Pegylated (polyethyleneglycol-encapsulated) liposomal doxorubicin was tested as an adjuvant therapy in older women with breast cancer. In a study by Wildiers et al., cardiac follow-up was documented using Doppler-based strain imaging and 2D echocardiography coupled with serial determinations of troponin and BNP concentrations. After six cycles of treatment, LVEF remained unchanged, while significant decreases in radial strain and strain rate were seen. Although the study was not intended to compare cardiac side-effects between pegylated and conventional anthracyclines, cardiac toxicity appeared less pronounced with the pegylated liposomal regimen [75]. Jurcut et al. compared strain rate imaging and conventional echocardiography in elderly women with breast cancer who received pegylated liposomal doxorubicin. Although significant reductions in longitudinal and radial strain and strain rate were found after six cycles of treatment, LVEF and LV dimensions remained unchanged using this preventive approach [76].

The ongoing Liposomal doxorubicin-Investigational chemotherapy-Tissue Doppler imaging Evaluation (LITE) study intends to compare LV function in 80 patients with breast cancer treated with either liposomal doxorubicin or standard epirubicin. The study will also provide clinical and mechanistic insights into the potential role of liposomal anthracyclines in the future [77].


Prevention of anthracycline-related cardiac toxicity using antioxidant drugs has been supported by the involvement of oxidative stress in inducing this myocardial injury [4, 6, 7, 8, 9, 10, 11, 12].

Dexrazoxane, a chelating agent that limits formation of anthracycline-iron complexes that are believed to generate myocyte-damaging free radicals, has been the most widely used compound. Studies performed in adults–mainly women treated with anthracyclines for breast cancer–demonstrated reduced cardiac toxicity when dexrazoxane was also used. Combining data from 968 patients, LVEF reductions were less common in women receiving dexrazoxane (1% to 7.3%) compared with in controls (8% to 23%) [78, 79].

Cardiac cumulative and late-delayed toxicity is also a major limiting factor in children treated with anthracyclines. Lipshultz et al. measured serial troponin I concentrations in children treated with doxorubicin for acute leukaemia. Increases in troponin concentrations were observed in 21% of children receiving dexrazoxane and in 51% of controls [80]. Another study in 75 children treated for leukaemia or lymphoma showed fewer late (8years) impairments of LVEF, occurring in 17% of those who received dexrazoxane and in 41% of controls [81].

Unfortunately, dexrazoxane was recently shown to increase the risk of subsequent malignancies, myeloid leukaemias and myelodysplastic syndromes in patients who received the drug in combination with anthracyclines. Dexrazoxane, a bisdioxopiperazine, blocks topoisomerase II turnover, thereby potentiating doxorubicin- and etoposide-induced impairment of DNA repair. Tebbi et al. compared occurrences of such second malignant diseases among children treated for Hodgkin’s disease, with (n =239) or without (n =239) combination dexrazoxane. The children showed an increased 4-year incidence of acute myeloid leukaemia/myelodysplastic syndrome (2.55% vs 0.85%) and second malignant neoplasms (3.43% vs 0.85%) [82]. Similarly, Salzer et al. showed an increased second malignancy rate in children treated for lymphoblastic leukaemias who received dexrazoxane [83]. In light of these recent concerns, approval for the use of dexrazoxane has been restricted to adults only–mainly women treated for metastatic breast cancer who have already received moderate-to-high cumulative doses of anthracyclines.

Among other available antioxidants, probucol (a lipid-lowering drug with antioxidant properties) has been reported to protect against anthracycline cardiotoxicity by activating superoxide dismutase and glutathione peroxidase in animals. However, no clinical trial has been performed to support its application in patients [84].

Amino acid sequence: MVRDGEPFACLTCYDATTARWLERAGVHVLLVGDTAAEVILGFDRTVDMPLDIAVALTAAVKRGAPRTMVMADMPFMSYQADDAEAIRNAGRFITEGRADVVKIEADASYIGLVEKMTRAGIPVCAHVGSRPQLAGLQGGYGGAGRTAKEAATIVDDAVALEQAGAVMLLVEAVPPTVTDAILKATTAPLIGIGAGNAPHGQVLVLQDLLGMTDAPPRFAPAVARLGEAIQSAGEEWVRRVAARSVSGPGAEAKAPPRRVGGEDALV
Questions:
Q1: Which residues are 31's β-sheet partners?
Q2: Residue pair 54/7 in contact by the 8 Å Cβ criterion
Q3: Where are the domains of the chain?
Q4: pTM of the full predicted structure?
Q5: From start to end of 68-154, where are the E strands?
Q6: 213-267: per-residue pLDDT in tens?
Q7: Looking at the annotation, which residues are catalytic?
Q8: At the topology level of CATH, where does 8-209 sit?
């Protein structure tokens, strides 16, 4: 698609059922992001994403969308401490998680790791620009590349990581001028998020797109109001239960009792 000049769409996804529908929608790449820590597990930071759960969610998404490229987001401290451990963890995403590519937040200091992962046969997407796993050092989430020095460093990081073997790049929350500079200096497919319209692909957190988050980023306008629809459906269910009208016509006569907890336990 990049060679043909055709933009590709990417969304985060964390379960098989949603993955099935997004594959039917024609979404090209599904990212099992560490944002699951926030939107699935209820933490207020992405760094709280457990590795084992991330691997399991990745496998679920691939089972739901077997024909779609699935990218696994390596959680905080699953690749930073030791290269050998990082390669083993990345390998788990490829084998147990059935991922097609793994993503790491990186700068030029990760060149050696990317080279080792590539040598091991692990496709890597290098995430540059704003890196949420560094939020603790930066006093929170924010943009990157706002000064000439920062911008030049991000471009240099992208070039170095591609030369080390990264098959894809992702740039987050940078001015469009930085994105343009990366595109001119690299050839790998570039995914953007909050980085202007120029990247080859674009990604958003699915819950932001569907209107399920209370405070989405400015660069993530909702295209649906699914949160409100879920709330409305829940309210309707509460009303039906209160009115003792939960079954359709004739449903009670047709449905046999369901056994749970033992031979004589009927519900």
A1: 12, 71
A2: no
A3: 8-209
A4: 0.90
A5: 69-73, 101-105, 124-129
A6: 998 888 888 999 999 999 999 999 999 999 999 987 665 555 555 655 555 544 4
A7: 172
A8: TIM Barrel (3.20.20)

Cardiovascular drugs

Several cardiovascular drugs have been evaluated for their potential prevention of cardiac toxicity in patients receiving anthracyclines.

Given that amlodipine reduced doxorubicin-induced activation of caspase-3 and cardiomyocyte apoptosis in an animal model [85], Outumoro et al. suggested that calcium channel antagonists should be routinely added to anthracyclines [86]. Similarly, on the basis of doxorubicin-induced cyclo-oxygenase 2 expression and its protective effects on related cardiotoxicity in mice, Neilan et al. demonstrated a protective action of the prostacycline analogue iloprost [87]. In animals, protective antiapoptotic effects have been shown by combining anthracyclines with sildenafil, an inhibitor of phosphodiesterase-5 that decreases caspase-3 activation, mitochondrial electrochemical gradient loss and the resulting induction of the apoptotic cascade [88]. However, this approach has not been translated into clinical practice.

Conversely, several studies have been performed in patients by inhibiting receptors of either the beta-adrenergic or the renin-angiotensin system. In a study of 50 patients receiving doxorubicin or epirubicin alone or in combination with carvedilol 12.5mg daily, Kalay et al. showed that LVEF after completion of therapy was higher (69.9% vs 52.3%) in patients who received carvedilol. Three preventive mechanisms are advocated, including the antioxidant effects of the drug, activation of the sarcoplasmic reticulum calcium adenosine triphosphatase or inhibition of the apoptotic cascade by carvedilol [89]. Inhibition of the renin-angiotensin system has been investigated by Cardinale et al. in 114 patients. After a 1-year follow-up, anthracycline-induced LV dysfunction was prevented by enalapril 20mg daily in 56 patients compared with in 58 controls (62.4% vs 48.3%). Also, fewer patients presented with symptomatic heart failure (0% vs 12%) and arrhythmias (2% vs 10%). Reduced ROS production has been reported to support this action [90]. Inhibition of angiotensin II receptors may also be effective, as demonstrated in a study by Nakamae et al. involving 40 patients treated with anthracyclines for non-Hodgkin’s lymphoma, in which increases in LV end-diastolic diameter were prevented in those who received valsartan [91].